'Road House' is top cheese

Author Michael Nelson pokes fun at movie starring Swayze

— When it comes to the cheesiest movie of all time, "Road House" � the 1989 beat-'em-up bouncer's tale starring Patrick Swayze � tops Michael J. Nelson's list.


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Patrick Swayze gained fame for his legwork and virile good looks in "Dirty Dancing," then starred in films such as "Road House," which has been rated the cheesiest movie by author Michael Nelson.

Nelson continually cites "Road House" in his book "Mike Nelson's Movie Megacheese" as the touchstone of cheese.

"I can't define why it's good," Nelson said in an interview. "It takes itself very seriously. At least all the actors weren't in on the joke, unless they were pulling off a really, really good joke. It's unbelievable, the archetypes they have in place and they play it dead straight."

In "Road House," Swayze plays a bouncer and N.Y.U. philosophy student summoned to clean up a bucket-of-blood bar outside of Kansas City.

Sam Elliott plays his grizzled mentor, Kelly Lynch is the doctor who tends to Swayze's wounds and falls in love with him, and Ben Gazzara portrays the corrupt town boss.

The movie features bar fights, a striptease, a monster truck crunching cars at a dealership and the blues stylings of The Jeff Healey Band. Critic Leonard Maltin's movie guide calls it "brain-dead yahoo fare," but "Road House" plays frequently on cable television.

"It's just a weekly thing, you know, 'Road House Hour' every week," Nelson says.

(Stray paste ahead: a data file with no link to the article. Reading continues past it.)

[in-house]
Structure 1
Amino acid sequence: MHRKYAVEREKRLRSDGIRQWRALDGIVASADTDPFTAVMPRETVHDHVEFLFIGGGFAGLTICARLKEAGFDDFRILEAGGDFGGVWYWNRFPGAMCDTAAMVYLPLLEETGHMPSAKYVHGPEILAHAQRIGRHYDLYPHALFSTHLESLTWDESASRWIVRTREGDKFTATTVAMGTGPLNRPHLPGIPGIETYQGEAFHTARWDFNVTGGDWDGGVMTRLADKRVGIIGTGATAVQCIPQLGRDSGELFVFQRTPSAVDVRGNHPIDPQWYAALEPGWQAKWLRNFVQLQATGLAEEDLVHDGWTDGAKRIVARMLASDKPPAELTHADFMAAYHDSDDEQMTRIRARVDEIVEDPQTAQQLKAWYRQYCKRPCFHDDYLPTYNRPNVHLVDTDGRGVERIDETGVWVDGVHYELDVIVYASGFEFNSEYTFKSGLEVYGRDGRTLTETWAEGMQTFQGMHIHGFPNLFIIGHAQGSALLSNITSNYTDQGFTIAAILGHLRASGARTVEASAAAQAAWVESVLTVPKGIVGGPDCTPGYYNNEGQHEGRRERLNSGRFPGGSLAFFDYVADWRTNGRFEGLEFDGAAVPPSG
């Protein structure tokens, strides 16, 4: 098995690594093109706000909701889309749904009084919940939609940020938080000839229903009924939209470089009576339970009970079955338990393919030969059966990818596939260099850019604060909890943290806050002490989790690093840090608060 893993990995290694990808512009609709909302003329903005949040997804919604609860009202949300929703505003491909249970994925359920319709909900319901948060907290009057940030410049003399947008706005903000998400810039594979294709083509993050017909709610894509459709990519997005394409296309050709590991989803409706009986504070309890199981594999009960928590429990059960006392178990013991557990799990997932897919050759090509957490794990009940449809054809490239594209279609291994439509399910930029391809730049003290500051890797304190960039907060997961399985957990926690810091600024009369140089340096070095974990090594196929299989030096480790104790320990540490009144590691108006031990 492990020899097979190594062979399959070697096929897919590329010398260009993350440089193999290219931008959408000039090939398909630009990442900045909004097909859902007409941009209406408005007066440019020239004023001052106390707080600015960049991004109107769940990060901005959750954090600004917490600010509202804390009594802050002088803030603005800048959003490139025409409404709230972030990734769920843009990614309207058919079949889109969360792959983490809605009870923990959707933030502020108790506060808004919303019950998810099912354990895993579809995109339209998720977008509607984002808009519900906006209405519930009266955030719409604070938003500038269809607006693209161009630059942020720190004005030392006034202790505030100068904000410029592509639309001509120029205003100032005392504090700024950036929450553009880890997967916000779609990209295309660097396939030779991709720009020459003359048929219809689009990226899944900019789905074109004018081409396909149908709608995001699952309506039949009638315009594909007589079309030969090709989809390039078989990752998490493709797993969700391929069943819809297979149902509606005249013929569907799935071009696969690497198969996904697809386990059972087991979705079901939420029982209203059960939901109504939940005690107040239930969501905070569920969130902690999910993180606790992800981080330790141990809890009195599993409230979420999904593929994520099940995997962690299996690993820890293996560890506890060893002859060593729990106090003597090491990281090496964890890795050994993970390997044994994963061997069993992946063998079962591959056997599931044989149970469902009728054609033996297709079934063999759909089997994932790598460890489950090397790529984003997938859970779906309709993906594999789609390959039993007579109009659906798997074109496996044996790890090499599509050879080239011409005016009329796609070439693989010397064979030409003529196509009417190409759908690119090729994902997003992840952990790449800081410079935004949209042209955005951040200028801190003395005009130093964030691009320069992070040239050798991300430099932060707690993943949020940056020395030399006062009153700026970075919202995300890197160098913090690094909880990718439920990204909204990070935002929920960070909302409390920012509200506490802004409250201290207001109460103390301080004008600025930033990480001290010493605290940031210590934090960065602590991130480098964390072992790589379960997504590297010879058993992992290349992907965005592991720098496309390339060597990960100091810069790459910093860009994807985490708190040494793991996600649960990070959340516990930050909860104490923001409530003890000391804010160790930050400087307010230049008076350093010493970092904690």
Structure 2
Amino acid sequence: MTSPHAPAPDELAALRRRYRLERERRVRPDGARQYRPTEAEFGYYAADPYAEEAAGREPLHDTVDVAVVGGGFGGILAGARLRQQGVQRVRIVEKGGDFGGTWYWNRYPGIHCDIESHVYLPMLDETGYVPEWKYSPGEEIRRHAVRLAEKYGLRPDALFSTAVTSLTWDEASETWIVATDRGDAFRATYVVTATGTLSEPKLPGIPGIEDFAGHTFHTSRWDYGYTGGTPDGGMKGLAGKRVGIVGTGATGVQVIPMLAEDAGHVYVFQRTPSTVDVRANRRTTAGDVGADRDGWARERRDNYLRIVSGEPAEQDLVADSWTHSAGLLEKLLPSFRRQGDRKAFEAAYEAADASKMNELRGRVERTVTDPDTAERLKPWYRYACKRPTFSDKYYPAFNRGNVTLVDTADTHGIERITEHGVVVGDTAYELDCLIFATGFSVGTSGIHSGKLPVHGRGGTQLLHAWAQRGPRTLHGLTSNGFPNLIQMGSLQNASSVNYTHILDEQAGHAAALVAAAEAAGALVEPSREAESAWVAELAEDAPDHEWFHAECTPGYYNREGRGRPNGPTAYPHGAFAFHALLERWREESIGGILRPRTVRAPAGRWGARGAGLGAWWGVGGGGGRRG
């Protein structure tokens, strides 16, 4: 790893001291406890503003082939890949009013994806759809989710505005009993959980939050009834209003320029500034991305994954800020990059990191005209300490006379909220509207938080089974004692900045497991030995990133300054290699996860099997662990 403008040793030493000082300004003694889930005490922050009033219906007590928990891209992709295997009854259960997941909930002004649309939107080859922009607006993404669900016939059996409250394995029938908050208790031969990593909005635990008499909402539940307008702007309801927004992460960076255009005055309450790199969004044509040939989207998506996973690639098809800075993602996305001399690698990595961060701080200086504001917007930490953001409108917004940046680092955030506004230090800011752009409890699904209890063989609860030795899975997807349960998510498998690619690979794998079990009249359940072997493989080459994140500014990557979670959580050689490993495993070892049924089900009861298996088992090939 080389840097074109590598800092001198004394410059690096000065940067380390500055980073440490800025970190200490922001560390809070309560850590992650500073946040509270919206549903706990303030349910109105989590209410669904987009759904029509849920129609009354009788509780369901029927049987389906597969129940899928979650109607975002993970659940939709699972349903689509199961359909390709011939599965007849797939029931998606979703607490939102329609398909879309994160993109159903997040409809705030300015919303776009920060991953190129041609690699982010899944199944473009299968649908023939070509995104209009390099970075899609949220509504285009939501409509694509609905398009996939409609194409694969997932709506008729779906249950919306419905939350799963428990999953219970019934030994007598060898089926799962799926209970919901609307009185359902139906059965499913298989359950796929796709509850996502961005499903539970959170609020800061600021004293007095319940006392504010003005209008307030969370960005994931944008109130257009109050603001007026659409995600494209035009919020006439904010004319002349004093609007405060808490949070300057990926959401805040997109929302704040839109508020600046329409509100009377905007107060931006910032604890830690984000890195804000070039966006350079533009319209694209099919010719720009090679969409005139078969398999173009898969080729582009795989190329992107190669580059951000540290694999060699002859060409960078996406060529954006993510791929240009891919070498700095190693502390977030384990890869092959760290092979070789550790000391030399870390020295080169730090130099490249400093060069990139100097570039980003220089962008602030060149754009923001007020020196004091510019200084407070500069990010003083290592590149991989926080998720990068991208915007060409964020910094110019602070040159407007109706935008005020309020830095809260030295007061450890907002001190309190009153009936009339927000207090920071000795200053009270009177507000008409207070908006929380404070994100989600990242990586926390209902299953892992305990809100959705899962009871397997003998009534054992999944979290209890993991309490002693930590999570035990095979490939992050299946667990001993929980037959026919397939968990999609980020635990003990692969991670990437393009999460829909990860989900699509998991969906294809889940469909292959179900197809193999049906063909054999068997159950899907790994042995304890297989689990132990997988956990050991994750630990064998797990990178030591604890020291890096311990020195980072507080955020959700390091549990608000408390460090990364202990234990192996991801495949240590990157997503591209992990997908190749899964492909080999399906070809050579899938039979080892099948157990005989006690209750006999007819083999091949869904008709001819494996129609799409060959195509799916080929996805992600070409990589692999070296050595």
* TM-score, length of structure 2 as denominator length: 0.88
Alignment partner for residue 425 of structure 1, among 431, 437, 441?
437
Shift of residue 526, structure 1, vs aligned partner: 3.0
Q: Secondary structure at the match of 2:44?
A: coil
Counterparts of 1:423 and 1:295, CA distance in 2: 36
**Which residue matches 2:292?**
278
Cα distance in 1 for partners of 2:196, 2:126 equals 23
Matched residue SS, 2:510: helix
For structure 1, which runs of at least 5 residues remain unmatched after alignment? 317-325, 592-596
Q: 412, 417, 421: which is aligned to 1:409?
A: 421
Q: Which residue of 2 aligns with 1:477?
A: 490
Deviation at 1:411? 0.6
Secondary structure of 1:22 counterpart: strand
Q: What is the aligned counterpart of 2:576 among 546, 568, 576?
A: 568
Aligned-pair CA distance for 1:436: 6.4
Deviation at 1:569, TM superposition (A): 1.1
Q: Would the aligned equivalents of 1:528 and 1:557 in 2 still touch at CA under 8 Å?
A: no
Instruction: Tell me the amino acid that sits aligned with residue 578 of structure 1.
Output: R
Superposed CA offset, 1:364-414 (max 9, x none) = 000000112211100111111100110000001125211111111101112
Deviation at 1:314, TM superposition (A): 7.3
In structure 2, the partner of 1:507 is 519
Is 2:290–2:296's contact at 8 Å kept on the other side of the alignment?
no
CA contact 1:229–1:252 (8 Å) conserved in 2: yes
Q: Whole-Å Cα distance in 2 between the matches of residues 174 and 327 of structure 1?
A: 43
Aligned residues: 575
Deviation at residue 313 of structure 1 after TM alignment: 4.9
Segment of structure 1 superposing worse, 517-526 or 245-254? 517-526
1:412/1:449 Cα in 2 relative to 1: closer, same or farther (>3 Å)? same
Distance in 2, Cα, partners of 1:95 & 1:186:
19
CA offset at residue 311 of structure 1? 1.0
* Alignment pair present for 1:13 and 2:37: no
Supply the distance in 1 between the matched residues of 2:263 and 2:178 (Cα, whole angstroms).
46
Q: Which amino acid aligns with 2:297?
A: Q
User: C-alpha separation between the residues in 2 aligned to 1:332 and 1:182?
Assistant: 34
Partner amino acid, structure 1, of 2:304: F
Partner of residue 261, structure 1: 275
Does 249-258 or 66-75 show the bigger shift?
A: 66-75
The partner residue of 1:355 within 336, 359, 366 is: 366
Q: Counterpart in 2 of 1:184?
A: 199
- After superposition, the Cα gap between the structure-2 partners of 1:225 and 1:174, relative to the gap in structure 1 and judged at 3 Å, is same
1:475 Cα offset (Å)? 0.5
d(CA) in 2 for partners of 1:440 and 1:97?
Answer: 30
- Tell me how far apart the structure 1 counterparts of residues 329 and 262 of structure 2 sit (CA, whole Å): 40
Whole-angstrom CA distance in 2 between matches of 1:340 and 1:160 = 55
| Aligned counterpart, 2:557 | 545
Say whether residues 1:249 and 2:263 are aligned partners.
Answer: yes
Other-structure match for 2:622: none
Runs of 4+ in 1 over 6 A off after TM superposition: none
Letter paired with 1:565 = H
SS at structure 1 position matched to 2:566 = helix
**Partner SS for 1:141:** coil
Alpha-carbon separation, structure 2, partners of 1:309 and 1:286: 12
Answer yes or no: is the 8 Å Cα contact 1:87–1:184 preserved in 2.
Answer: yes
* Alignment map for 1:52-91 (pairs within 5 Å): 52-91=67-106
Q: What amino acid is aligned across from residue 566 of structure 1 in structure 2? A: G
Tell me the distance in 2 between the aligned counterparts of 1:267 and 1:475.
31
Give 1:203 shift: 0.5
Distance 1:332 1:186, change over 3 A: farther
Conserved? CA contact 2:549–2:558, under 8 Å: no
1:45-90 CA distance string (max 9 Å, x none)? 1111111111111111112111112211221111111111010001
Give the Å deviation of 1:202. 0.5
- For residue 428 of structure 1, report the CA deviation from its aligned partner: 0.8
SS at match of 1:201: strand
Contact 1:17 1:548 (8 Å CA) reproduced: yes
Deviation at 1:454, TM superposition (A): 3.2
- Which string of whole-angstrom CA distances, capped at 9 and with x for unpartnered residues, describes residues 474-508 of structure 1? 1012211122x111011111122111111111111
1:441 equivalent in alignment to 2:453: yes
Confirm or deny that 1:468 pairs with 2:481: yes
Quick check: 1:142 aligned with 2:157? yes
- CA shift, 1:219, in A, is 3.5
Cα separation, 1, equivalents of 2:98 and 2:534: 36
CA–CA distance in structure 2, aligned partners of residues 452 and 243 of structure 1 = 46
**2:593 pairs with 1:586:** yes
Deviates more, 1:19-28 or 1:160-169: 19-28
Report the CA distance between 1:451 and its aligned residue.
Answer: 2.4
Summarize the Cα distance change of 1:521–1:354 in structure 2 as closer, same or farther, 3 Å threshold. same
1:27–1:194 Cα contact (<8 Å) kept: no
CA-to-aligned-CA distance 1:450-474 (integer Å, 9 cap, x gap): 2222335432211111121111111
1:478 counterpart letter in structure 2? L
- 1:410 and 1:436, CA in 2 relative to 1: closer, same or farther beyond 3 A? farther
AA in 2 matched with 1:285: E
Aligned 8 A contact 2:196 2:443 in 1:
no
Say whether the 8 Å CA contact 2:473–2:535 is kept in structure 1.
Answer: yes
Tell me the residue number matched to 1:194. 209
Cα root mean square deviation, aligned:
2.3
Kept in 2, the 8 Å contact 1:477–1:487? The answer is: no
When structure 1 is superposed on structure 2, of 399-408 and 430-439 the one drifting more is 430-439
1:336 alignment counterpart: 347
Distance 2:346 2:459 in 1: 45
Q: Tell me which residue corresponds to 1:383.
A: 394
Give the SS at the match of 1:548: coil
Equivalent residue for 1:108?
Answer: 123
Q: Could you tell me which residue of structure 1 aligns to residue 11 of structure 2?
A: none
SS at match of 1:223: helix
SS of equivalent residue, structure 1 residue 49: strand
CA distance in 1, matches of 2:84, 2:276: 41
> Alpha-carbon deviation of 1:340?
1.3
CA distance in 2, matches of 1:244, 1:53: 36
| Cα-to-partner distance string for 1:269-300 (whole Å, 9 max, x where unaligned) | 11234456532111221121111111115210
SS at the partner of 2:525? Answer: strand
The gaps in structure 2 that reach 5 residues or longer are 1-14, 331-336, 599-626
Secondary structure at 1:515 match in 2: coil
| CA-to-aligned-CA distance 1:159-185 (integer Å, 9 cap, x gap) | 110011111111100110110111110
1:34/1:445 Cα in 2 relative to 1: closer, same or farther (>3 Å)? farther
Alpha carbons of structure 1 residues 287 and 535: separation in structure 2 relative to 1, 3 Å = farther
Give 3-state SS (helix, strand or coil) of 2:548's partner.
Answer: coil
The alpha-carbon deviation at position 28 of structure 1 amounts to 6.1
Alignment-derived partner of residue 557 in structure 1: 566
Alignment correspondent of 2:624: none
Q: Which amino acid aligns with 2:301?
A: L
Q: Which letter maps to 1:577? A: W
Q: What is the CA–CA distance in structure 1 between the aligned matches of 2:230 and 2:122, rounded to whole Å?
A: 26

"I've been finding more and more people who've been coming up and saying, 'It's on TNT every week and I see it on and I flip by it and then I just keep watching, even though I saw it the week before.' It's like, 'What's wrong with me!"'

Nelson concludes: "It draws you in, there's just something so funny about Ben Gazzara going down the road in his big open car, singing, 'Yah-dah-dah-dah-dah-dah-DAH!' It's so absurd."

"The other thing that's appealing about it," he adds, "is that they assert � again, with a straight face � that there's a famous bouncer. It's like, he shows up, and people know who he is. Wait a minute � they don't circulate pictures of bouncers. ... But they recognize him. How?

"And every bouncer asserts that the best is the guy that Sam Elliott plays. He's a scrawny old guy. He's the best? No one can beat him up? I mean, come at him from behind with a bottle, and he's not the best bouncer any more."


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